Get Windows license status in English

As mentioned in a previous blog post, it is possible to use PowerShell and Google Translate free public endpoint to perform translations on text.

The reason I started the previous blog post and this whole investigation is because of the slmgr.vbs utility which comes with Windows. The slmgr utility is used to find out volume activation information on a certain machine, which might be useful if you are working in an enterprise environment and want to find out what is happening with licenses in it.

As a simple command, you can open up cmd and type the following command:

slmgr.vbs /dlv

This will open a small popup which contains all the necessary information in regards of the activation of your Windows installation:

To save this information with PowerShell is quite easy, all you have to do is save the output in a text file:

 

Set-Location -Path “$env:windir\System32”
$command = “cscript.exe slmgr.vbs /dlv > C:\temp\activation.txt”
Invoke-Expression $command

From here is quite easy, you can read the text file to see if the “License Status” states “Licensed” and make a repository with all your machines, and so on.

 

However, a problem appears when a machine is not in English. If we were to run the same command on a machine which is installed with an OS in German, this will be following output:

And here is where the problems begin. If you make your script to detect “License Status” in the file, it will fail because on German, the specified field starts with “Lizenzstatus”. And of course, the actual status and other information is in German.

You might think “well let’s modify slmgr.vbs” to output only English. My answer will be “you can try, but are you going to deploy it to all your machines?”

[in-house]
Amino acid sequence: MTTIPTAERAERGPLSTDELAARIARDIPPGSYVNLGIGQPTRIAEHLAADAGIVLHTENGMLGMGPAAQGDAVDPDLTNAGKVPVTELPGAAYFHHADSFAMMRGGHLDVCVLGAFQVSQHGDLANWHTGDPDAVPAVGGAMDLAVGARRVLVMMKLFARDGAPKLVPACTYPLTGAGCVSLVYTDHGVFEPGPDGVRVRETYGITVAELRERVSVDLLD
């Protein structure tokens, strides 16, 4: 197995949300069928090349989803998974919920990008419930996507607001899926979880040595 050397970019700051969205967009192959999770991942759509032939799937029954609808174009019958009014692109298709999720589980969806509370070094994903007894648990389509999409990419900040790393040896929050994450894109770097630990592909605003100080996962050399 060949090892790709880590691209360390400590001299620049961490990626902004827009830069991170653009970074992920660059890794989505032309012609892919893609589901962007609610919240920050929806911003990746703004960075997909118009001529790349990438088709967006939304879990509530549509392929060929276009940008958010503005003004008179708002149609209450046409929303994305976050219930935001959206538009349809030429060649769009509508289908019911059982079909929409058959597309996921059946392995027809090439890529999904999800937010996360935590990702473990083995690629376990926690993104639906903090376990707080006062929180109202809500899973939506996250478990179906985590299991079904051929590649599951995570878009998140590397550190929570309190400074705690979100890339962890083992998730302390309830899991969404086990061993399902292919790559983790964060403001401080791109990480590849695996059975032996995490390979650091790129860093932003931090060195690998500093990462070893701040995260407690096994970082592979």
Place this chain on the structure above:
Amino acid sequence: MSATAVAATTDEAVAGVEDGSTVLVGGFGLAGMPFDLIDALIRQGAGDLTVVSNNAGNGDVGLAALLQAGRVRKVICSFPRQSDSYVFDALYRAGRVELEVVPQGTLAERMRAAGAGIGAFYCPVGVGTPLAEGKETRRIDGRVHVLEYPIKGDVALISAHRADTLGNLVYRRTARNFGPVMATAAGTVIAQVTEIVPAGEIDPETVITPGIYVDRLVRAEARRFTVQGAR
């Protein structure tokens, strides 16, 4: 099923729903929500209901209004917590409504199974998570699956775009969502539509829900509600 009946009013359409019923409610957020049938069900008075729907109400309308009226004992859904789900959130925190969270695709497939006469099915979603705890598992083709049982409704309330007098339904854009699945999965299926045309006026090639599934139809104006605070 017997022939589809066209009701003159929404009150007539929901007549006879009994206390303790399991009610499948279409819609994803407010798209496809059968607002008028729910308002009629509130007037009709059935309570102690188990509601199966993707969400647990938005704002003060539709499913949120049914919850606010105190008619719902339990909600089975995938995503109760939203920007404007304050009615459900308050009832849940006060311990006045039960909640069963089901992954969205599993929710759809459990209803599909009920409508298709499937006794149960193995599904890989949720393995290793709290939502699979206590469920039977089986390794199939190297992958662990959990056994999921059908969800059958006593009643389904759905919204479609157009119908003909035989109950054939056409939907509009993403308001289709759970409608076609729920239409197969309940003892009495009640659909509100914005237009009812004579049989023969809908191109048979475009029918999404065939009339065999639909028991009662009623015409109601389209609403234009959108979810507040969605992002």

I made it much easier by using Google Translate endpoint that I mentioned in my previous post. The script for this is:

 

Set-Location -Path “$env:windir\System32”
$command = “cscript.exe slmgr.vbs /dlv > C:\temp\activation.txt”
Invoke-Expression $command

$Text3 = Get-Content -Path “C:\temp\Activation.txt” -raw

$TargetLanguage = “en”
$Uri = “https://translate.googleapis.com/translate_a/single?client=gtx&sl=auto&tl=$($TargetLanguage)&dt=t&q=$Text3”
$Response = Invoke-RestMethod -Uri $Uri -Method Get

$Response[0].SyncRoot | foreach { $_[0] } > “c:\temp\activationtranslated.txt”

$Translation = Get-Content -Path “C:\temp\activationtranslated.txt”

$licensestatus = $Translation | Select-String -Pattern “License Status:” | Out-String
$licensestatus = $licensestatus.Trim().Replace(“`n”,””).Replace(“`r”,””).Replace(“License Status:”,””)

write-host $licensestatus

 


So what we are doing is the following:

1. Run the slmgr command to output the license status in “activation.txt”

2. Get the raw text from “Activation.txt” and send it to Google for translation. We must invoke a RestMethod and use GET

3. Filter the result and send it to another text file called “ActivationTranslated.txt”

4. Parse the “ActivationTranslated.txt” for the desired field. In this case “License Status:”

 

The end result should look like this:

As you can see, the activation information was correctly translated from German to English. I cannot guarantee 100% success rate, but I figured there are simple words that Google can handle in terms of translations. Either way, in most cases you are really interested in the “License Status” of a particular machine, and not the other information present.

I know extra new blank lines are added in the translated file, but I am not bothered, as we are using a pattern to select the desired information.

Sharing is caring!

Leave a comment

Your email address will not be published. Required fields are marked *

7 + 16 =